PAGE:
From what I understand from labour market data, long Covid comes under the “other” category. I do not think that there is detail about what the conditions actually are. The labour force survey is quarterly: because it is so frequent there is not much of a lag, so we can look across the Covid period. Some of the other big surveys—the family resources survey that is conducted by the DWP; the Scottish household survey, and the Scottish health survey—contain 2019 data, so we do not really have an understanding from them of what has happened. The picture is still emerging and it is really difficult to know.
People who were previously in employment but were then on sick leave might have decided that they would not be able to go back to work, so there will probably come a point when they will start showing up in the “inactive” statistics in the labour force survey. We are keeping an eye on the matter but, as yet, it is difficult to know what has happened, the extent to which it will be permanent and, therefore, the extent to which funding and provision needs to shift to those people. It is still quite a new issue and it is a really difficult one.
Something that has come out of the pandemic quite conclusively is that there was an increase in people not being employed because of mental health conditions. The numbers there are much bigger than the numbers in the “other” category. If we are focusing on the impacts of the pandemic, the mental health impacts are probably the most concerning, but for a slightly different reason: the pandemic brought new reasons for trauma and triggers for mental health disorders. There is more provision in the mental health sphere for employability support. A large number of people are inactive because of mental health conditions.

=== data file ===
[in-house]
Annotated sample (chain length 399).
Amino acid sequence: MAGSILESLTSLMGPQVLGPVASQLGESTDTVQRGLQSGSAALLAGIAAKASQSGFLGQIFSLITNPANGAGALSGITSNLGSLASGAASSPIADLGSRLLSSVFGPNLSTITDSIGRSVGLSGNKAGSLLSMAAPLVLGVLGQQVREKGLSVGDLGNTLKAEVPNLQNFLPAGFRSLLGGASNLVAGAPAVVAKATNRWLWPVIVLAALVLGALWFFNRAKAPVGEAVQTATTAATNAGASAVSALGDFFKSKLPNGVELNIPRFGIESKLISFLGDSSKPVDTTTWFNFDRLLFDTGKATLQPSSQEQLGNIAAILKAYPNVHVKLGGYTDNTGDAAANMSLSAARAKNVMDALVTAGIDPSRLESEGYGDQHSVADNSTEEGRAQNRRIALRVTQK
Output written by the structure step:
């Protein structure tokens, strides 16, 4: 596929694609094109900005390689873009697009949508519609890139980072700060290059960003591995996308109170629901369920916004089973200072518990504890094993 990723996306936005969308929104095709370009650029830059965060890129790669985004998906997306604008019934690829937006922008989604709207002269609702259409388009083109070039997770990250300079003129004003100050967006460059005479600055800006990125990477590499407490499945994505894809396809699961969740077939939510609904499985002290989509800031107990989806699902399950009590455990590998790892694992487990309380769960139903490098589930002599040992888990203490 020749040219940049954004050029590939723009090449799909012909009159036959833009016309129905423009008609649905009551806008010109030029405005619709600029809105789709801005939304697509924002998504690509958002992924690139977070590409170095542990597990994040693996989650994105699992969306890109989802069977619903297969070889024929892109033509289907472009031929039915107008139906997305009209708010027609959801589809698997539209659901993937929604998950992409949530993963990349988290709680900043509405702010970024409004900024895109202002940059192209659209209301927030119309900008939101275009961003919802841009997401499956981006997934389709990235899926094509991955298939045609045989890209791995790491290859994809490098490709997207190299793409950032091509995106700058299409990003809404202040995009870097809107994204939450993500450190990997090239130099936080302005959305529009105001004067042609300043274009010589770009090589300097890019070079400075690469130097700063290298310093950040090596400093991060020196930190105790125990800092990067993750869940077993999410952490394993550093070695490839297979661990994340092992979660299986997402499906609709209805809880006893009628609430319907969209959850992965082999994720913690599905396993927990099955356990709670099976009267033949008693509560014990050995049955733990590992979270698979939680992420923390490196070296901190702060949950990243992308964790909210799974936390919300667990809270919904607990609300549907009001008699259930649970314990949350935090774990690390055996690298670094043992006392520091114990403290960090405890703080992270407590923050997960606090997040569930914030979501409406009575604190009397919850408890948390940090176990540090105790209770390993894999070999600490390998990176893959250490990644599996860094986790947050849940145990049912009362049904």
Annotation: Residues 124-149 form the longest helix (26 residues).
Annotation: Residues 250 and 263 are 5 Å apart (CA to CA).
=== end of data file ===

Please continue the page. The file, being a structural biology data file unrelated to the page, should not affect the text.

I would like to know from both of you what your top two asks are of us, as a committee, in two scenarios. A lot of what we have talked about today has recognised the very real challenges that we have with data and with the economic climate and how it feeds into people not getting the multiyear funding that they would like. Recognising that constraint, what are the top two things that you would like to put on the record? Alternatively, if money and control were no object, what would be your top two asks?11:15
I can probably answer the first question more easily than the second one. On what the committee could find, it is about painting a clearer picture of what is happening with funding streams, including where funding is coming from, how decisions are made and where there are delays. Obviously, it is a problem if there are delays in different parts of the system of funding from the Scottish Government to local government and then out to providers. We need to understand why that has been the case and what has been done to rectify it.